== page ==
By Michelle Cerulli McAdams
Tom Hirsch, an AARP volunteer in Palm Harbor, recalled how his late mother’s failing eyesight contributed to her diminishing ability to drive.
Hirsch, 69, said he wishes he had known about the AARP Smart Driver and We Need to Talk programs at the time. They could have helped prepare him for tough conversations with his mother about giving up her car keys. Now he is an instructor for both programs in Florida.
The Smart Driver program is a six-hour refresher course that covers defensive driving and new technologies in today’s cars, as well as how age-related changes can affect driving. The course includes a guidebook, videos and classroom discussion.
Across the state, the course is held at churches, senior housing facilities and community centers at a cost of $15 for AARP members and $20 for nonmembers. An online course costs $19.95 for members and $24.95 for nonmembers.
Last year, 35,541 Florida drivers took the classroom course and 11,859 took the online version.
Most participants are older drivers, but the class is open to anyone, said Gary LeGrow, 78, an AARP Florida deputy state coordinator. He and others teach the course at three locations each month in Gainesville.
By 2030, roughly 27 percent of Florida drivers will be 65 or older, according to the state Department of Highway Safety and Motor Vehicles.
“If I teach 15 people and someone says, ‘I really learned a lot of stuff today,’ that’s what I get out of it,” LeGrow said. “The fact that someone is likely to be more safe as a result of taking this course is exactly why we’re doing this.”
Florida law mandates that those who take either the classroom or online Smart Driver course receive a three-year discount on their car insurance premiums.
Another important part of the AARP Driver Safety program involves advice for talking with someone who may need to limit or stop driving.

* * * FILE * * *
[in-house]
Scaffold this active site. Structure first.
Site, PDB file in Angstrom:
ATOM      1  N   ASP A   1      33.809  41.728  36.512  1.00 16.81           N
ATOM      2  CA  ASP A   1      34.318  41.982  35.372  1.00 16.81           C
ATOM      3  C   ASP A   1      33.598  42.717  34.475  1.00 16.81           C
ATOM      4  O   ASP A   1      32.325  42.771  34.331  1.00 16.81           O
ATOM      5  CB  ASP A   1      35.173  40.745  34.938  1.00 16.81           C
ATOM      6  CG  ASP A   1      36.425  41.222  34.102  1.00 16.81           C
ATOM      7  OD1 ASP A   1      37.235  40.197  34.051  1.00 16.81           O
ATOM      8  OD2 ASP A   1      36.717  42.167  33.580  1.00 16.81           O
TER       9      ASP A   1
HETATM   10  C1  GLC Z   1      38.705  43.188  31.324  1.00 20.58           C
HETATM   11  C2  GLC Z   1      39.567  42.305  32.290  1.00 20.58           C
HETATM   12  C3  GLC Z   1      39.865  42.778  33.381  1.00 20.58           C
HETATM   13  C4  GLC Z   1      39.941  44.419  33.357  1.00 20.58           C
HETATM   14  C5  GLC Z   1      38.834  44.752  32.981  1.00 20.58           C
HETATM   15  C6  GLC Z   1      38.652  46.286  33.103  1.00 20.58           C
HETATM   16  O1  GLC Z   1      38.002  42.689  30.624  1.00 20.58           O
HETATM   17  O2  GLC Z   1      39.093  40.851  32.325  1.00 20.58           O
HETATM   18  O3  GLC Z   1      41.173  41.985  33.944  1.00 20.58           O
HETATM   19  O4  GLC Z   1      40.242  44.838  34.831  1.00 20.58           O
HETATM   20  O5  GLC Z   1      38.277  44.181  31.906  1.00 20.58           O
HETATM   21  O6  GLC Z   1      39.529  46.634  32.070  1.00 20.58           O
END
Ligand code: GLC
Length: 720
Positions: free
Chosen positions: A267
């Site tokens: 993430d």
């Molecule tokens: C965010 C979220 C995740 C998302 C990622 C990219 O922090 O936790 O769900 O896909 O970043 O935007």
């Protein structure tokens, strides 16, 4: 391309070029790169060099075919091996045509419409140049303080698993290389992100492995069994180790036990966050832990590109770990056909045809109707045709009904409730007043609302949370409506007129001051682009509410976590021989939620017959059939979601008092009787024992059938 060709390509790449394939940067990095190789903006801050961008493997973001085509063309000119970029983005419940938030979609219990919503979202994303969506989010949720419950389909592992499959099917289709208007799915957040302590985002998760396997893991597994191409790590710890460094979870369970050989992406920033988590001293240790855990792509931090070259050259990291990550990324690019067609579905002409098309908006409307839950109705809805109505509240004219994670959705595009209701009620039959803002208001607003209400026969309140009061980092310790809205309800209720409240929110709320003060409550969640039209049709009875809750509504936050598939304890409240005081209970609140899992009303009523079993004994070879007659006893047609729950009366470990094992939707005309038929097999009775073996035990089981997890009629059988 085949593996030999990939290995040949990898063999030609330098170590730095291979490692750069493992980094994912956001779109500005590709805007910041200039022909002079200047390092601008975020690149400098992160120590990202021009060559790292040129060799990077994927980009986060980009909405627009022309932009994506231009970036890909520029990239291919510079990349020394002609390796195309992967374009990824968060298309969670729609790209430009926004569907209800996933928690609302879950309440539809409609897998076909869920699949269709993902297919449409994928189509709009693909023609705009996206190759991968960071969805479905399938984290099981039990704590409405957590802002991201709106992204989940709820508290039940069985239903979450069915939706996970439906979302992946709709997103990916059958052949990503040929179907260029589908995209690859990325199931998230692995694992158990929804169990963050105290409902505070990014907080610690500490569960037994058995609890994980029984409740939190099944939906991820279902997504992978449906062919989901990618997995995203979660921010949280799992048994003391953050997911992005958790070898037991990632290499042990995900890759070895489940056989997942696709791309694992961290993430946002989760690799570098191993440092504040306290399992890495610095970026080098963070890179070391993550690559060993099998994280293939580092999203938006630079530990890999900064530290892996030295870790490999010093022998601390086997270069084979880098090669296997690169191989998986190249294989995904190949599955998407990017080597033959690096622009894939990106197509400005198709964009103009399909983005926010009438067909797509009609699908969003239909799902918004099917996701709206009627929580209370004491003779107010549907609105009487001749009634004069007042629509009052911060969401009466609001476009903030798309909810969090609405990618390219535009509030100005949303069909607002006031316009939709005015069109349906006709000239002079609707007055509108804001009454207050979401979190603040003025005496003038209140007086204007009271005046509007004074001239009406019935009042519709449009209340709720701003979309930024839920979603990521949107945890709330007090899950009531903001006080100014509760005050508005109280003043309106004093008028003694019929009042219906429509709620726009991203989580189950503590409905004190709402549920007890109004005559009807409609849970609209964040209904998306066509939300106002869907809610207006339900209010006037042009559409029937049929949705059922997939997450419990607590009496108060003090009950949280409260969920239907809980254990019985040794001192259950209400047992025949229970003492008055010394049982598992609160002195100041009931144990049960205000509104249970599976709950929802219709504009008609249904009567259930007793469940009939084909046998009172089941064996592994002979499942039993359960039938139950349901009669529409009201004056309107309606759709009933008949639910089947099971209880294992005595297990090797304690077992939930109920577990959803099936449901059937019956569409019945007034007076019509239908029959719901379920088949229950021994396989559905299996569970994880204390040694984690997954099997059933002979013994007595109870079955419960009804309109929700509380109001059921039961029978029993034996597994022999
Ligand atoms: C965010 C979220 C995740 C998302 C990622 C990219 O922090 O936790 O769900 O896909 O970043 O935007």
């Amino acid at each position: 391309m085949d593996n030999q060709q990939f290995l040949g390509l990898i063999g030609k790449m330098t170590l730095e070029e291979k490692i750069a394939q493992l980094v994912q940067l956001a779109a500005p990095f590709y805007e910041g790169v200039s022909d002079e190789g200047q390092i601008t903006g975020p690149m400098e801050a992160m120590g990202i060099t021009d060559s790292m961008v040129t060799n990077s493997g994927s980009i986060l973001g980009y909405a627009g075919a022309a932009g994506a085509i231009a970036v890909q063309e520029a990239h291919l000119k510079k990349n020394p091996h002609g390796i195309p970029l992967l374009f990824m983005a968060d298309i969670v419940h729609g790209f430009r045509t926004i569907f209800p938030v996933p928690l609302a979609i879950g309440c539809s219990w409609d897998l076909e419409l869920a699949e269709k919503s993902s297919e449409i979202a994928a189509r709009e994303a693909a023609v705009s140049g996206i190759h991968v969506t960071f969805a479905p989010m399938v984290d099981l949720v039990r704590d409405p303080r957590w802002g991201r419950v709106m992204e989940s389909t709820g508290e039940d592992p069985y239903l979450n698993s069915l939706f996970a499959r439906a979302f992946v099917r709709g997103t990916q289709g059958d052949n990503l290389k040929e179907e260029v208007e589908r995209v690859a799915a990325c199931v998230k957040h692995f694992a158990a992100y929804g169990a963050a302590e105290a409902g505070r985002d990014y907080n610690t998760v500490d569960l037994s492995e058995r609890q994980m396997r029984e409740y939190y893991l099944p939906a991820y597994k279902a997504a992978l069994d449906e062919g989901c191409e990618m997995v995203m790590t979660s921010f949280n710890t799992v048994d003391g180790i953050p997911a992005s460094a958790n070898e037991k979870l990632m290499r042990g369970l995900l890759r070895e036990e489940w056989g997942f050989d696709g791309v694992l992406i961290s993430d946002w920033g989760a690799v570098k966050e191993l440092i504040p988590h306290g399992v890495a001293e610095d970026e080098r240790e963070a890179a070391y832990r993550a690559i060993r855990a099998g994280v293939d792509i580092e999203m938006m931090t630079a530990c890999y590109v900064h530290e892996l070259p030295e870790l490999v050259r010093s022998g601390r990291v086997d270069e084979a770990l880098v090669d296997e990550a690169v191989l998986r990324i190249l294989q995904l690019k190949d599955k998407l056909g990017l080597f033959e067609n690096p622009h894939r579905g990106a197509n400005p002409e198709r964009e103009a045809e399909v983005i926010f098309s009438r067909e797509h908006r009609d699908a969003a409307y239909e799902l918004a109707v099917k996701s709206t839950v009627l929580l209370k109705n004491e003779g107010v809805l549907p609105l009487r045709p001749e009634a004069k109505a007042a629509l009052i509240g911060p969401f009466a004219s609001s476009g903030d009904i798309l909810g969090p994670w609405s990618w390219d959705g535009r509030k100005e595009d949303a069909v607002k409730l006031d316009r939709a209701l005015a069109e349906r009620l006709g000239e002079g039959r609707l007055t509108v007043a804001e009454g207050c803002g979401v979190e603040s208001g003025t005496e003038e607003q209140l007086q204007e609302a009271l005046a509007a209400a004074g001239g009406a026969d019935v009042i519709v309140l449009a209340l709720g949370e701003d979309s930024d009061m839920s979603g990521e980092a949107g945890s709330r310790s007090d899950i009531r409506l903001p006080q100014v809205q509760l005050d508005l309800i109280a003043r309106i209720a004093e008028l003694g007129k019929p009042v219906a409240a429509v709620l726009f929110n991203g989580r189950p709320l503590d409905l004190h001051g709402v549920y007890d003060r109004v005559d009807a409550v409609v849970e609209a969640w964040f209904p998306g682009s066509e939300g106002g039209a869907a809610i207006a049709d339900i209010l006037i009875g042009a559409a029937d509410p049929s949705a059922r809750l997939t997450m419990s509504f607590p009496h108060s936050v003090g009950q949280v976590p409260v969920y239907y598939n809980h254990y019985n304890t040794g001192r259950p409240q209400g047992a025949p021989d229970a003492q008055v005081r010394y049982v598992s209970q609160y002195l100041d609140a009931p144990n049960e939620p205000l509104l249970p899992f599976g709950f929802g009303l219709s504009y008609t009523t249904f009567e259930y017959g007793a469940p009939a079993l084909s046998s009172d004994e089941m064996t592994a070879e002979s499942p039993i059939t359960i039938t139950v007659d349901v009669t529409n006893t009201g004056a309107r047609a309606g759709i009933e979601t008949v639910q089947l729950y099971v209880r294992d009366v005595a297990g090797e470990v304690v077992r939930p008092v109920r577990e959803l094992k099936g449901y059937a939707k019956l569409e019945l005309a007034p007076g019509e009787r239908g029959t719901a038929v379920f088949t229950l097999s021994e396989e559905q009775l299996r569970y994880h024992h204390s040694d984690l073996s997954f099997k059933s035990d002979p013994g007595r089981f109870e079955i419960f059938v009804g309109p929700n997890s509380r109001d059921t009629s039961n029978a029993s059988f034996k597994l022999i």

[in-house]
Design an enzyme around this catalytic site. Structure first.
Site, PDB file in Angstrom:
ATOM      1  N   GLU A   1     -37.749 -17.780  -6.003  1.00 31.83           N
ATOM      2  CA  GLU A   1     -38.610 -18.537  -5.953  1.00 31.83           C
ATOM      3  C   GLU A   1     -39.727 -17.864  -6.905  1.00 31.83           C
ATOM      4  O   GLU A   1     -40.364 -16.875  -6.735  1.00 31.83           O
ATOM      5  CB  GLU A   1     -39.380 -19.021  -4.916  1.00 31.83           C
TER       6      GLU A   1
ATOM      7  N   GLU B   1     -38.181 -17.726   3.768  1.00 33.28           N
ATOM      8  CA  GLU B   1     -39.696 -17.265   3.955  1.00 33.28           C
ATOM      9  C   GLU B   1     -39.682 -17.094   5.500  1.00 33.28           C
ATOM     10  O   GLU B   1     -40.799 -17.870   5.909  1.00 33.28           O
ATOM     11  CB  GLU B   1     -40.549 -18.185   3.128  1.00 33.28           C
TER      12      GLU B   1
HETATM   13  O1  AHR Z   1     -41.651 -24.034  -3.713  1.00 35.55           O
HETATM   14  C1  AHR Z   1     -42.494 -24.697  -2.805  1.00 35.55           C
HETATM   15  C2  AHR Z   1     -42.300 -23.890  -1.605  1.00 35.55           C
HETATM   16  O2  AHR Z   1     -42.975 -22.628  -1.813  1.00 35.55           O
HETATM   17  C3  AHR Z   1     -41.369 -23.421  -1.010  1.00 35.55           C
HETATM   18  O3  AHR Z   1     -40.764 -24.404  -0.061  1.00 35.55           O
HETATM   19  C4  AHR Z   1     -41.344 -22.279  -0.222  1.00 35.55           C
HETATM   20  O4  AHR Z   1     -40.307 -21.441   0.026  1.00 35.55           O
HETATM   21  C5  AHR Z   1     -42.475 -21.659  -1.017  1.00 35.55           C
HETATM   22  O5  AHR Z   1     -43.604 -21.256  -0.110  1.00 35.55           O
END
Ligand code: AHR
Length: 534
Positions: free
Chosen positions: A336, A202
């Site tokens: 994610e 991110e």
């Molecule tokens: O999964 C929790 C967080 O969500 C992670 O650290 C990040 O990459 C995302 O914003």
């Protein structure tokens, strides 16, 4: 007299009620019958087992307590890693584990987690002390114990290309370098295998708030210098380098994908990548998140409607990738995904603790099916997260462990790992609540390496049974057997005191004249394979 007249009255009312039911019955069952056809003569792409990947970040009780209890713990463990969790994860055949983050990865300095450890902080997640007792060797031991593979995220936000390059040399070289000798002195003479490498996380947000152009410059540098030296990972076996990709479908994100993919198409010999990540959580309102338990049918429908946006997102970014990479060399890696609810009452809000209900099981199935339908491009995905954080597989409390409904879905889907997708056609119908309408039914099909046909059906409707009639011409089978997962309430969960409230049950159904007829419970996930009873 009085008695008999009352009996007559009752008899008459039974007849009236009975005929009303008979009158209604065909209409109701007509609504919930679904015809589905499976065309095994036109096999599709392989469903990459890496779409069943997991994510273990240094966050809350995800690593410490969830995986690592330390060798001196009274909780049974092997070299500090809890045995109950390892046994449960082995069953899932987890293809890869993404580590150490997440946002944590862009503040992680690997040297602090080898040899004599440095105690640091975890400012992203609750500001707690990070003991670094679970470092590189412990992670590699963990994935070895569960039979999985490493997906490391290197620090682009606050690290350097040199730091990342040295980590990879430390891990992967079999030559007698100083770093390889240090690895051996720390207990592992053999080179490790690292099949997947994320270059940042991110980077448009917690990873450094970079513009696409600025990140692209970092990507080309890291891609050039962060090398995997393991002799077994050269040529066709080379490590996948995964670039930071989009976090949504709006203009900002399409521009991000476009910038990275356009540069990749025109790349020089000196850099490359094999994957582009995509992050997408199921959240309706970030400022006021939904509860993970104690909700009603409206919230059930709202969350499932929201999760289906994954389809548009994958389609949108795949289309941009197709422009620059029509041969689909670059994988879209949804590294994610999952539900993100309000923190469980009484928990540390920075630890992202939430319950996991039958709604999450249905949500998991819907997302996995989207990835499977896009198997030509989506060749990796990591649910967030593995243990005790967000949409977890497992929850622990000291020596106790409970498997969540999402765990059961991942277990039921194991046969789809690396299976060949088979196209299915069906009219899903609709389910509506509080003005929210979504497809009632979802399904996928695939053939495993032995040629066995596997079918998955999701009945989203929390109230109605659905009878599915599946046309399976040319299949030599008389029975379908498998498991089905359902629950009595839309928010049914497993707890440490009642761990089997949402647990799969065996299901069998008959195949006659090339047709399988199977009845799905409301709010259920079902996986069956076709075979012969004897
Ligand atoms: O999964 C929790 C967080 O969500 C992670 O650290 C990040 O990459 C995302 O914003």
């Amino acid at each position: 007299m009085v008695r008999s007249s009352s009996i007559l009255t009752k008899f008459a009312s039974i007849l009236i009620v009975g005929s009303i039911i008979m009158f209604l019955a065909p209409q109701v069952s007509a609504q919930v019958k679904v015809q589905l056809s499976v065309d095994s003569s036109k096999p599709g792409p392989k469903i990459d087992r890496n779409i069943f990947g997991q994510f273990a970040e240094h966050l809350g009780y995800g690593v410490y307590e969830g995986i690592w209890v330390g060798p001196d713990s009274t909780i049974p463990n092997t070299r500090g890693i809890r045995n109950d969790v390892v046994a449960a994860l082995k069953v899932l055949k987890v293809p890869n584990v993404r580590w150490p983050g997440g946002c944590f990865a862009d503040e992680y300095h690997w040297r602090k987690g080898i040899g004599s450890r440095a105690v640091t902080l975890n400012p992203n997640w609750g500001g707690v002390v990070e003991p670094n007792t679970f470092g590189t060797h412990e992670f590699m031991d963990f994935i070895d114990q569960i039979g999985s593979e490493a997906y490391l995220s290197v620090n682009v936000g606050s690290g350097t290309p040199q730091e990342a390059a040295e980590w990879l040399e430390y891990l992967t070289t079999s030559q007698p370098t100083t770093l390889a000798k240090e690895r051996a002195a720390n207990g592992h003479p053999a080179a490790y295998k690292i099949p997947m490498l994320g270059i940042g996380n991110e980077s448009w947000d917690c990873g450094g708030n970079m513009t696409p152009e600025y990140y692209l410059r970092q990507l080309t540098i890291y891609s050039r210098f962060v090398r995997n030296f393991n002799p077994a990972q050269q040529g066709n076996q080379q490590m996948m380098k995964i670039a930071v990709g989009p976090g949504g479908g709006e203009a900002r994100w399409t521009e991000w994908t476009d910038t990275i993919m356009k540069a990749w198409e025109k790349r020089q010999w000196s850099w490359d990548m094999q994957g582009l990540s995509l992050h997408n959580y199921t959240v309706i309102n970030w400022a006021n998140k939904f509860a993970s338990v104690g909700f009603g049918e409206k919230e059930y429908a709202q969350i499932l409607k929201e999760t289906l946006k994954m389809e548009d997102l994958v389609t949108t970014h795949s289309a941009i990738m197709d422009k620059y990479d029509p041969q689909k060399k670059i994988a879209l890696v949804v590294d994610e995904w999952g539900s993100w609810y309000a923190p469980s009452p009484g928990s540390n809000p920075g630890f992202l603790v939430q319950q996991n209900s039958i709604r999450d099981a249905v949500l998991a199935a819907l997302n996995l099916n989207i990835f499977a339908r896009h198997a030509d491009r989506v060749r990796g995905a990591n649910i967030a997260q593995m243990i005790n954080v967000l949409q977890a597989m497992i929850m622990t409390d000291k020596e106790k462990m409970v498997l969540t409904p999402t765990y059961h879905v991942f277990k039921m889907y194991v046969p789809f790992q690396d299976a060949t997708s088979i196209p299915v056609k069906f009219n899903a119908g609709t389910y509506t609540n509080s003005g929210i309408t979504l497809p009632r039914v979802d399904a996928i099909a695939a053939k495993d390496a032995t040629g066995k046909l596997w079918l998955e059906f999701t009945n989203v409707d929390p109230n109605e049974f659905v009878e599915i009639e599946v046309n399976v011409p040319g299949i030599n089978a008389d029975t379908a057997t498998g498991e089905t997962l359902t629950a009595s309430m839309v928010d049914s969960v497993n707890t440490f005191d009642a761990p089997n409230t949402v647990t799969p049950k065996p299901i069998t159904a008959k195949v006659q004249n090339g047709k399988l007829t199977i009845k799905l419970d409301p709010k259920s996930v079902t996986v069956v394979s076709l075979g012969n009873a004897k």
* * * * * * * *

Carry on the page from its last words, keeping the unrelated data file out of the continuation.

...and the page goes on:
We Need to Talk, a 60- to 90-minute seminar developed with the Hartford insurance company and the MIT AgeLab, helps participants identify which aspects of driving are important to a relative or friend, determine if there is a problem with the person’s driving and prepare for a series of conversations on what to do. The seminar is offered in classrooms and online.
“This has got to be done with love and empathy, and boy, I wish I had known about all of this when my mom was alive,” said Hirsch, who led his first We Need to Talk session this fall. “It is such a vital program. Almost everyone will be faced with this at some time or another.”
Hirsch said he is working to expand awareness of the seminar in Pinellas County and to publicize the need for more facilitators.
Smart Driver instructor Patricia Savage started volunteering for AARP in 2015. She and her husband teach 12 classes per year that emphasize mindful driving.
“Mindful driving means simply not thinking about what you’re making for dinner tonight or taking the kids to soccer or that report at work,” said Savage, 69, of Gainesville.
She said drivers must focus on what other drivers are going to do—which is why paying attention to the road, weather conditions and the car itself is so important.
“The more people we reach, the safer we are,” Savage said.
To find a class or become a volunteer instructor, call 888-227-7669 or go to aarp.org/drive. AARP Florida is also looking for additional sites to host courses.
Michelle Cerulli McAdams is a writer living in Gainesville.